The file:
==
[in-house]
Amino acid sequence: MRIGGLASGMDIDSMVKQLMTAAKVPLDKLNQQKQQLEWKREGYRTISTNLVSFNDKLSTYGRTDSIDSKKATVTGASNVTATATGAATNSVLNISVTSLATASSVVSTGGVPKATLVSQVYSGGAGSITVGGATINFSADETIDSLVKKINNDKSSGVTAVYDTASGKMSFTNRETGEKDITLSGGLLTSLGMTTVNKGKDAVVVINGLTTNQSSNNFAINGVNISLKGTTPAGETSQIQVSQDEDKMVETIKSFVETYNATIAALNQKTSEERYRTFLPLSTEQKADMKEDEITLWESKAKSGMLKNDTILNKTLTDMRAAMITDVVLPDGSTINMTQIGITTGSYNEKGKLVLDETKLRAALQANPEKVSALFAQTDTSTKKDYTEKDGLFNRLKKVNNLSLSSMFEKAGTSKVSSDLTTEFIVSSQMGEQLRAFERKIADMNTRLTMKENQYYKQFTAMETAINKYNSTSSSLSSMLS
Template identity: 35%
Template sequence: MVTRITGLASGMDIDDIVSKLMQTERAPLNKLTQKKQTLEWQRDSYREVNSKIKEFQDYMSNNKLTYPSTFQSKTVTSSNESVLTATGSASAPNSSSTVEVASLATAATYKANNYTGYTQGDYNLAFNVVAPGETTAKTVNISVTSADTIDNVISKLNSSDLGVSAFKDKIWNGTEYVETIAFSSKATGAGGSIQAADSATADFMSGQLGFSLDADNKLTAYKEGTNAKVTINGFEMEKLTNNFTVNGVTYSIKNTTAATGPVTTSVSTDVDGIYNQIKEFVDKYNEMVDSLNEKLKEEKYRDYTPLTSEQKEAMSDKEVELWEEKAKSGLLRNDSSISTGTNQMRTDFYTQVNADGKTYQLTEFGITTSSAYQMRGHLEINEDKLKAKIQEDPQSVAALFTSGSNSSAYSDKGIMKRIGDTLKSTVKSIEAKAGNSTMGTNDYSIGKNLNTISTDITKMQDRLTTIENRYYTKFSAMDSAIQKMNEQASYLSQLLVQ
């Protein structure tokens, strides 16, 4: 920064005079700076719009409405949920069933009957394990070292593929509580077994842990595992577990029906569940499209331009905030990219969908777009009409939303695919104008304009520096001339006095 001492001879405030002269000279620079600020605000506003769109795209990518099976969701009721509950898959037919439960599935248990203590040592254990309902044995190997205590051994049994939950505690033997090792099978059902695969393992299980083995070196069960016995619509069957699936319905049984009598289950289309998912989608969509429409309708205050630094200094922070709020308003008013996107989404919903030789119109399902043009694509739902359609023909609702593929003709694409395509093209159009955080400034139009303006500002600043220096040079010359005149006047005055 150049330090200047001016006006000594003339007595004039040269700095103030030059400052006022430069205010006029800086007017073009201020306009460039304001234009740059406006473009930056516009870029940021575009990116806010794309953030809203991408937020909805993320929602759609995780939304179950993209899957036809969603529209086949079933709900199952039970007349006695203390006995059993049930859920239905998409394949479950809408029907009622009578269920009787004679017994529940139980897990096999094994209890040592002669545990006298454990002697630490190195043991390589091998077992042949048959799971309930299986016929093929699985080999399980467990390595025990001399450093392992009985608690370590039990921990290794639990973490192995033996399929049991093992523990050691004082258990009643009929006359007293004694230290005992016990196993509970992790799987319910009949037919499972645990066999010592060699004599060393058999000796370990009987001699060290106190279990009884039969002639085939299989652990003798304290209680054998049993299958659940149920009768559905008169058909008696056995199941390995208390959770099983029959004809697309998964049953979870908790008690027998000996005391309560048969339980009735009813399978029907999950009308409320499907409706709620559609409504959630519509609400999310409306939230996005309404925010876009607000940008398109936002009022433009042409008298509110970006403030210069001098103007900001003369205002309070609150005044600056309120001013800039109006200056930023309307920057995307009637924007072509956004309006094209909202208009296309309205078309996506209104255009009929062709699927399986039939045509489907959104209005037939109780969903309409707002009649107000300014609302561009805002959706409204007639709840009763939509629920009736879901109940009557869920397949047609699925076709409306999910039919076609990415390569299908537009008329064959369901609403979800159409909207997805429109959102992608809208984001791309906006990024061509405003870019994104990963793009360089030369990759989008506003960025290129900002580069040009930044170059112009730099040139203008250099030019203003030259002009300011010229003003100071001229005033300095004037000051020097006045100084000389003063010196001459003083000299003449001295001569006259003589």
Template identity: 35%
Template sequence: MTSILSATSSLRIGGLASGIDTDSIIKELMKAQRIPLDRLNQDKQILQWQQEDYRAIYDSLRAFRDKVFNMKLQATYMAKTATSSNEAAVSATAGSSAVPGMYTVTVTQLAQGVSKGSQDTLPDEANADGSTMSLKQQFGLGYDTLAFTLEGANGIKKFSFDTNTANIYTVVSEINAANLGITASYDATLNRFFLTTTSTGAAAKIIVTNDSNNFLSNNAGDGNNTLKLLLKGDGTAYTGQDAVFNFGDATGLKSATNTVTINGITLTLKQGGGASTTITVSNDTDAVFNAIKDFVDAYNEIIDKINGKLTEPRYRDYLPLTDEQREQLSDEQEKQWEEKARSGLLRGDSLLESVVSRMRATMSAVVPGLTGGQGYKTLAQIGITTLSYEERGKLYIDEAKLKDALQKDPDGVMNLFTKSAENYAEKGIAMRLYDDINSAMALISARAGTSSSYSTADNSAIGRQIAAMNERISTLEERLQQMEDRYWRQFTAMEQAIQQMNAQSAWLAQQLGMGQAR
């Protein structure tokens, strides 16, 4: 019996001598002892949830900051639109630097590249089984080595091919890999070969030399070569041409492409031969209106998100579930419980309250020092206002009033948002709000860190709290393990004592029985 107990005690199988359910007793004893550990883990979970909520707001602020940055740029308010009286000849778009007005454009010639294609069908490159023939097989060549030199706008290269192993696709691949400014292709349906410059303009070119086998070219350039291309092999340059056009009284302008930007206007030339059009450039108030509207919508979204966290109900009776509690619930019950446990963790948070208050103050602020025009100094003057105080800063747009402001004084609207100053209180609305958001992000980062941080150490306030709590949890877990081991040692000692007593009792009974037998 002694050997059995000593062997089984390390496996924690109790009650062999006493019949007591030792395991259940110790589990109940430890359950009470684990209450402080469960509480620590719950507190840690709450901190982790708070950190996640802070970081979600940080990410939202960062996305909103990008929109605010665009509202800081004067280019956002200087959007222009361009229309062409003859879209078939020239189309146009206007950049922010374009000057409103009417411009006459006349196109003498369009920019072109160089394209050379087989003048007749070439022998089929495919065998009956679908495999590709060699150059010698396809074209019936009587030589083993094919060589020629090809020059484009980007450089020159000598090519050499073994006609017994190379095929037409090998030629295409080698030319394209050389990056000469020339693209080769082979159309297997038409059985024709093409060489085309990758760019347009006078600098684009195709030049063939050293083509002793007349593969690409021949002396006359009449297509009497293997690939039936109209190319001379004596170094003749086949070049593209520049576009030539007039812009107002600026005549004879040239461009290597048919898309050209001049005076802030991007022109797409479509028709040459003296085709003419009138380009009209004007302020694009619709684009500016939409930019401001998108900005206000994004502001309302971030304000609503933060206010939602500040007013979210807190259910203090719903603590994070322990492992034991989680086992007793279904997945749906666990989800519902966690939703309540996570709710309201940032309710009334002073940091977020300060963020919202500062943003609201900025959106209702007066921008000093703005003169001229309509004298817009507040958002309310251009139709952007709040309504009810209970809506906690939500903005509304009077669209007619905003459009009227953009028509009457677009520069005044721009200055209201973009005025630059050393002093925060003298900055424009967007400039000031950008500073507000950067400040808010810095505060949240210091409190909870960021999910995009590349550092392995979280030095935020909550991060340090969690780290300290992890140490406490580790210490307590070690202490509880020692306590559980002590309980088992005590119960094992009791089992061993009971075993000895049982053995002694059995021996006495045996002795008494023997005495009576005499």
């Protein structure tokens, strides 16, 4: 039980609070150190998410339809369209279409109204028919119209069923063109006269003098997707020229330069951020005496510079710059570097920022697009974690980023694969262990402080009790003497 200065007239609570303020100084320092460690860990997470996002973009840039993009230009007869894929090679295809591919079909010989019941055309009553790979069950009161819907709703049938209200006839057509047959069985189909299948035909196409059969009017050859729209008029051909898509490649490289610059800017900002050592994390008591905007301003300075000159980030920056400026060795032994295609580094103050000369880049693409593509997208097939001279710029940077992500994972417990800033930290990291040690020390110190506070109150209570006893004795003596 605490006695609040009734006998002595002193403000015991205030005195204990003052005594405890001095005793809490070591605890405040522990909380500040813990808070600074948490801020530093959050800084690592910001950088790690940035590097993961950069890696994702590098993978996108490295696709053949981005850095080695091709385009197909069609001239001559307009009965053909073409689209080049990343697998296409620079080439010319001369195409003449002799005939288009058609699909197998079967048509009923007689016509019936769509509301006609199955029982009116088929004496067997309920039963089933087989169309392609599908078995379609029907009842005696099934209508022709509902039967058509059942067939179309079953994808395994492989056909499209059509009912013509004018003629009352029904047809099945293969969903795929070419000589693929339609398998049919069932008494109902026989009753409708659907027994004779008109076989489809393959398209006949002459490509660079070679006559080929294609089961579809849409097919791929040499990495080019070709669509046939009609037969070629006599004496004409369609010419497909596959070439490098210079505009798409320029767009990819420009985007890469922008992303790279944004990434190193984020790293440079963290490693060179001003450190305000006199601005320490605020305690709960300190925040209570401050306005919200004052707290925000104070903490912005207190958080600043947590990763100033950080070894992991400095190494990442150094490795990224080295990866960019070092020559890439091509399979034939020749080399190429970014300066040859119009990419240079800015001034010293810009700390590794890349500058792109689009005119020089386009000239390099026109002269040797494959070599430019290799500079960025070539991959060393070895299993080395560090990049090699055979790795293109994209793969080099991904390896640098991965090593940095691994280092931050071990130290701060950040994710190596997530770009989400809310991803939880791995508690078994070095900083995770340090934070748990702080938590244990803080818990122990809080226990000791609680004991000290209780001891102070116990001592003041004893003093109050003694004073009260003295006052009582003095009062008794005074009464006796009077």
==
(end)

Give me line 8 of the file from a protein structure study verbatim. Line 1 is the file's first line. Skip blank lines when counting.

């Protein structure tokens, strides 16, 4: 019996001598002892949830900051639109630097590249089984080595091919890999070969030399070569041409492409031969209106998100579930419980309250020092206002009033948002709000860190709290393990004592029985 107990005690199988359910007793004893550990883990979970909520707001602020940055740029308010009286000849778009007005454009010639294609069908490159023939097989060549030199706008290269192993696709691949400014292709349906410059303009070119086998070219350039291309092999340059056009009284302008930007206007030339059009450039108030509207919508979204966290109900009776509690619930019950446990963790948070208050103050602020025009100094003057105080800063747009402001004084609207100053209180609305958001992000980062941080150490306030709590949890877990081991040692000692007593009792009974037998 002694050997059995000593062997089984390390496996924690109790009650062999006493019949007591030792395991259940110790589990109940430890359950009470684990209450402080469960509480620590719950507190840690709450901190982790708070950190996640802070970081979600940080990410939202960062996305909103990008929109605010665009509202800081004067280019956002200087959007222009361009229309062409003859879209078939020239189309146009206007950049922010374009000057409103009417411009006459006349196109003498369009920019072109160089394209050379087989003048007749070439022998089929495919065998009956679908495999590709060699150059010698396809074209019936009587030589083993094919060589020629090809020059484009980007450089020159000598090519050499073994006609017994190379095929037409090998030629295409080698030319394209050389990056000469020339693209080769082979159309297997038409059985024709093409060489085309990758760019347009006078600098684009195709030049063939050293083509002793007349593969690409021949002396006359009449297509009497293997690939039936109209190319001379004596170094003749086949070049593209520049576009030539007039812009107002600026005549004879040239461009290597048919898309050209001049005076802030991007022109797409479509028709040459003296085709003419009138380009009209004007302020694009619709684009500016939409930019401001998108900005206000994004502001309302971030304000609503933060206010939602500040007013979210807190259910203090719903603590994070322990492992034991989680086992007793279904997945749906666990989800519902966690939703309540996570709710309201940032309710009334002073940091977020300060963020919202500062943003609201900025959106209702007066921008000093703005003169001229309509004298817009507040958002309310251009139709952007709040309504009810209970809506906690939500903005509304009077669209007619905003459009009227953009028509009457677009520069005044721009200055209201973009005025630059050393002093925060003298900055424009967007400039000031950008500073507000950067400040808010810095505060949240210091409190909870960021999910995009590349550092392995979280030095935020909550991060340090969690780290300290992890140490406490580790210490307590070690202490509880020692306590559980002590309980088992005590119960094992009791089992061993009971075993000895049982053995002694059995021996006495045996002795008494023997005495009576005499």